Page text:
A common experience among many in the workforce is attending conferences where they learn about new ideas in their industry.
They leave with good intentions to follow through on these concepts but often become stymied. As a result, nothing changes.
The revived Leadership Golden Belt (LGB) program is designed to remove this barrier to implementing new ideas in the office or plant.
The Golden Belt Community Foundation (GBCF) is sponsoring the program; the first of nine weekly classes is set for June 7. (see sidebar story.)
GBCF supported a leadership program for about 10 years in its service area of Barton, Pawnee, Rush and Stafford counties.
“But once the pandemic hit, everything stopped,” said Christy Tustin, executive director. “Now is the right time to revive the program.”
Tustin has the support of the Great Bend Chamber of Commerce and Great Bend Economic Development, as well as other community leaders.
Kimberly Becker, an alumna of the 2013 LGB program, will facilitate.
“Since her earlier experience with the program, Kimberly has received significant leadership and facilitation training,” Tustin said. “She is a great fit because we need a skilled facilitator, with the training, time and interest to make this worthwhile to participants.
“We share Kimberly’s vision that anyone can be a leader. This program is not just for upper management. Anyone can participate, whether a young professional or retiree. We had this diversity in our earlier program and hope this one also attracts people from varied walks of life.”
Becker operates Move Your Mountain Coaching & Consulting at the Fieldhouse in Great Bend; she is a professional certified coach.
“I have yearned to revive Leadership Golden Belt,” Becker commented. “We want to address the struggle that people go through in implementing new ideas after the classes. This has always been a hang-up.
“There are so many people in entry or mid-level positions who are never invited to the table. We can learn so much from them. For example, a school custodian probably has more influence on students than a principal simply because they interact with the custodian regularly.”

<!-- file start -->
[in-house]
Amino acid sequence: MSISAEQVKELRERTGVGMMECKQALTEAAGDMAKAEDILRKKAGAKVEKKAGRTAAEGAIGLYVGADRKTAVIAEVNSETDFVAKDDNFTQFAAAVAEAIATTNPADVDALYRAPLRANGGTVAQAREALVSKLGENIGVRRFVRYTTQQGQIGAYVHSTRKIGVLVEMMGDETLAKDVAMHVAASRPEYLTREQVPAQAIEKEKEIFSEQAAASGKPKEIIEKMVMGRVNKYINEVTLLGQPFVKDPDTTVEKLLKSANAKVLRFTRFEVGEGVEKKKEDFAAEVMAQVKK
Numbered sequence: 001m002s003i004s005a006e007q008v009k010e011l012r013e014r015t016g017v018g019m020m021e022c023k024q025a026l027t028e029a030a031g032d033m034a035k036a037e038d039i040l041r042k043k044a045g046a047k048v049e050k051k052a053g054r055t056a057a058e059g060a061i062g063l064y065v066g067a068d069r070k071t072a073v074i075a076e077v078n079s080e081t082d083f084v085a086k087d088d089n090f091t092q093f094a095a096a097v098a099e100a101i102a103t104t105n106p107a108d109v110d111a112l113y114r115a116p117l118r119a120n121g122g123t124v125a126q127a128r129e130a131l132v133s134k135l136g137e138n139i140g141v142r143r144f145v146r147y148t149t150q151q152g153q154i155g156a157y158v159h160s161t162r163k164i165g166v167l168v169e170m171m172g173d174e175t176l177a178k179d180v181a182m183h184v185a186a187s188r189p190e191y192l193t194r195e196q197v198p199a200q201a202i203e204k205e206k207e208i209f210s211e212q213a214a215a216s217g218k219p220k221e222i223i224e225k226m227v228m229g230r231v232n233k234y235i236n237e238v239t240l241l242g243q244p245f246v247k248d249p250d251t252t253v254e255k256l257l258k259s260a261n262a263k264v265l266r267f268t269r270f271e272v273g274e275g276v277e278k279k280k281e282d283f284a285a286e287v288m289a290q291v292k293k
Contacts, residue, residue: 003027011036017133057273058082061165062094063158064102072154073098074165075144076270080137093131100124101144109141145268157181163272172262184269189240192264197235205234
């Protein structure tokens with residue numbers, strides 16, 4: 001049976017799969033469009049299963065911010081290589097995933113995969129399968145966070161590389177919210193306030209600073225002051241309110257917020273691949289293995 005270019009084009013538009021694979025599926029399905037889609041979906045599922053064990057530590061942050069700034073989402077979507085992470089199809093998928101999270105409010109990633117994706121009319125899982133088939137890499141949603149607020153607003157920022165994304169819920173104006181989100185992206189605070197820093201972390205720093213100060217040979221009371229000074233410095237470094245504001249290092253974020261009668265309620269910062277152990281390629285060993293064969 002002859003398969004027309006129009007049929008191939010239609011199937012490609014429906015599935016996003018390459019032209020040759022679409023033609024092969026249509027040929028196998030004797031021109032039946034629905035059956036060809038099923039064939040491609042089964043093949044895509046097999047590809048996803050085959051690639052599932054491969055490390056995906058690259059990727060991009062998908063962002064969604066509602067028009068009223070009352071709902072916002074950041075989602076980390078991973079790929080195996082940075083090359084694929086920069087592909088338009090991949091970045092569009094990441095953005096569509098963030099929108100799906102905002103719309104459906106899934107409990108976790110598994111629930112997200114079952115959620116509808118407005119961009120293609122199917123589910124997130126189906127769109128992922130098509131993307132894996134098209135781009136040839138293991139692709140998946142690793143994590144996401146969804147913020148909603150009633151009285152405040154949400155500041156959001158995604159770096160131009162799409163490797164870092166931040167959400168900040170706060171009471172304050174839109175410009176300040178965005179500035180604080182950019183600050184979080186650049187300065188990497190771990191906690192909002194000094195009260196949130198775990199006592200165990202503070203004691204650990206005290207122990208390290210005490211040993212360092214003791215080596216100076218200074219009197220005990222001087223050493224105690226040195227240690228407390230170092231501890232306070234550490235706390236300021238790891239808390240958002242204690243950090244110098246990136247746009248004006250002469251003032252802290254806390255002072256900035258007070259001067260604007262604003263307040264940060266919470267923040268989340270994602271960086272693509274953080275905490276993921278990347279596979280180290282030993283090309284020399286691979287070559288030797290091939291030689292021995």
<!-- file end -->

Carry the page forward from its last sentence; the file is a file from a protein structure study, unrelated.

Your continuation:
Throughout the classes, Becker and other leaders will stress that leadership is an action, not a position.
“You can exercise leadership no matter what position you’re in,” said Becker, who founded Central Kansas Dream Center and is its chief executive officer.
“Even at the Dream Center, we focus on teaching people about their influence,” she said. “We cheer people on to become leaders, and they in turn, cheer others on.”
While participating in the earlier LGB, Becker had the opportunity to: make connections with other leaders; come out of her comfort zone and take risks; and overcome her fear of networking with people.
“Now I have the opportunity to go back to some of these connections to build this new program,” she noted. “Some of them will help us facilitate these new classes.
“There is an increasing entrepreneurial mentality here and we want to support this mindset through empowerment,” she added.
At $30 million in total assets and more than 180 funds under management, the Golden Belt Community Foundation has been connecting people who care to causes that matter since 1996. Golden Belt Community Foundation exists to provide non-profit organizations in central Kansas with a permanent source of support and to serve as a vehicle for charitable giving for donors. GBCF serves the counties of Barton, Pawnee, Rush, and Stafford. For more information about Golden Belt Community Foundation, call (620) 792-3000 or visit their website at www.goldenbeltcf.org.
Leadership Golden Belt Schedule/Background
The nine Leadership Golden Belt classes are set for 8 a.m. to noon on consecutive Tuesdays, starting June 7 and ending Aug. 2. Six of the classes will be held in Great Bend, and one each in St. John, La Crosse and Larned.
“We chose the summer months so that teachers and others in the school system will have a better chance to participate,” said Kimberly Becker, facilitator.
A Harrison Assessment, which analyzes 175 behavioral traits, interests, and work-environment preferences, is offered at registration. This helps participants learn more about their leadership style.
Cost for the program is $399; some scholarships are available. Capacity is 15 people.
Some of the Golden Belt Community Foundation’s first endowment funds came from the Kansas Health Foundation to support a Leadership Great Bend program. Later, this became a regional effort called Leadership Golden Belt. This lasted about 10 years and now is being revived.
As in the past, the program will focus on the core competencies as taught through the Kansas Leadership Center.
For more information, contact Kimberly Becker by calling 620-282-8970 or emailing firstname.lastname@example.org.